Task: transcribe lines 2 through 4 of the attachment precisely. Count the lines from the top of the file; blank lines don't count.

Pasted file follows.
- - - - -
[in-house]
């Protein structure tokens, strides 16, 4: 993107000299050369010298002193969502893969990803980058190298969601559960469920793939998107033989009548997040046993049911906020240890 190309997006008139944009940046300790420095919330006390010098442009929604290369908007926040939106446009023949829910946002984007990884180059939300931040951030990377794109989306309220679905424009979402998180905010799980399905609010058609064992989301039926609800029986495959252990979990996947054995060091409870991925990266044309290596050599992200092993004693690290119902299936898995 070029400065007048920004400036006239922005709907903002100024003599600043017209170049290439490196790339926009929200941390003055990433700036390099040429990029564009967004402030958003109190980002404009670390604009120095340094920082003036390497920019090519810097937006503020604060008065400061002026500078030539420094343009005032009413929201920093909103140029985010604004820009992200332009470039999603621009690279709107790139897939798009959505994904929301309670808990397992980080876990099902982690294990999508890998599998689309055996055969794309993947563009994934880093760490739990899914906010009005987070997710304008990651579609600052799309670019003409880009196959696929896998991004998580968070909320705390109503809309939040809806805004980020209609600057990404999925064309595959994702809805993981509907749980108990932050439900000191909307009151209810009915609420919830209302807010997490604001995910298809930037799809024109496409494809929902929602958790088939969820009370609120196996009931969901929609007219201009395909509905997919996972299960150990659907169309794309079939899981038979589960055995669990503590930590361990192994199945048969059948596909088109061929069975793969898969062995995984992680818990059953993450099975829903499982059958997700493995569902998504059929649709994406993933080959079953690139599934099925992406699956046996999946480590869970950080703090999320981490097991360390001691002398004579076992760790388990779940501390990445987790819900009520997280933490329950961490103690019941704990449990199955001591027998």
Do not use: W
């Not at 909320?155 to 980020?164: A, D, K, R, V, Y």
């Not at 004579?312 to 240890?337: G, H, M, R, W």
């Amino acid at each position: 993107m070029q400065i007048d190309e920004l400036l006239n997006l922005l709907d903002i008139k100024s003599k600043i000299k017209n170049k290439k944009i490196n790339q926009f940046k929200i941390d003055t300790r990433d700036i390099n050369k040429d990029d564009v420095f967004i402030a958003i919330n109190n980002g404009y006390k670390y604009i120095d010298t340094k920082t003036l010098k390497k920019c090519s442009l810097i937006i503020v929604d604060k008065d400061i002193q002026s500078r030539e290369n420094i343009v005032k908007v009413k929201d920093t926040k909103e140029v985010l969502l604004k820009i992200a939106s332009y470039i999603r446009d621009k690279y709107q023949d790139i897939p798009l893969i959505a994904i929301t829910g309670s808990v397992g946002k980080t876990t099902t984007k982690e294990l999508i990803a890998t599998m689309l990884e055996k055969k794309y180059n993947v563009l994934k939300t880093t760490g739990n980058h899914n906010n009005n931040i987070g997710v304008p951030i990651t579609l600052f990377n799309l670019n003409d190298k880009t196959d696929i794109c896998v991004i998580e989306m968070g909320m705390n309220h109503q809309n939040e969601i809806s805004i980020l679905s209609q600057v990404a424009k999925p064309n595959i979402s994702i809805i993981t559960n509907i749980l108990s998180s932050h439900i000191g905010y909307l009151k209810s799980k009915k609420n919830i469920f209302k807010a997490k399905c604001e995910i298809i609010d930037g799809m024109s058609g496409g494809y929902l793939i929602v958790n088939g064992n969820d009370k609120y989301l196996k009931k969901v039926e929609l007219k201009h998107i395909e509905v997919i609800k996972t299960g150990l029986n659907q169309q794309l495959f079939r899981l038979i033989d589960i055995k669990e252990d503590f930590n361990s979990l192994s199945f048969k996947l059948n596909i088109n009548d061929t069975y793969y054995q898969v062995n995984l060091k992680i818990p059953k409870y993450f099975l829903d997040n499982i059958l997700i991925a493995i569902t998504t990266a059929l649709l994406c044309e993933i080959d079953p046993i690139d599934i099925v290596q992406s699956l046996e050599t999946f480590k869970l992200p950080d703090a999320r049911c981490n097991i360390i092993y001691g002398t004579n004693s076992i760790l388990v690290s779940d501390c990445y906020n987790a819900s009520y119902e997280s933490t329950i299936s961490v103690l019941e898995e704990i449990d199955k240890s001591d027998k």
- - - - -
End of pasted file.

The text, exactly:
């Protein structure tokens, strides 16, 4: 993107000299050369010298002193969502893969990803980058190298969601559960469920793939998107033989009548997040046993049911906020240890 190309997006008139944009940046300790420095919330006390010098442009929604290369908007926040939106446009023949829910946002984007990884180059939300931040951030990377794109989306309220679905424009979402998180905010799980399905609010058609064992989301039926609800029986495959252990979990996947054995060091409870991925990266044309290596050599992200092993004693690290119902299936898995 070029400065007048920004400036006239922005709907903002100024003599600043017209170049290439490196790339926009929200941390003055990433700036390099040429990029564009967004402030958003109190980002404009670390604009120095340094920082003036390497920019090519810097937006503020604060008065400061002026500078030539420094343009005032009413929201920093909103140029985010604004820009992200332009470039999603621009690279709107790139897939798009959505994904929301309670808990397992980080876990099902982690294990999508890998599998689309055996055969794309993947563009994934880093760490739990899914906010009005987070997710304008990651579609600052799309670019003409880009196959696929896998991004998580968070909320705390109503809309939040809806805004980020209609600057990404999925064309595959994702809805993981509907749980108990932050439900000191909307009151209810009915609420919830209302807010997490604001995910298809930037799809024109496409494809929902929602958790088939969820009370609120196996009931969901929609007219201009395909509905997919996972299960150990659907169309794309079939899981038979589960055995669990503590930590361990192994199945048969059948596909088109061929069975793969898969062995995984992680818990059953993450099975829903499982059958997700493995569902998504059929649709994406993933080959079953690139599934099925992406699956046996999946480590869970950080703090999320981490097991360390001691002398004579076992760790388990779940501390990445987790819900009520997280933490329950961490103690019941704990449990199955001591027998």
Do not use: W
């Not at 909320?155 to 980020?164: A, D, K, R, V, Y």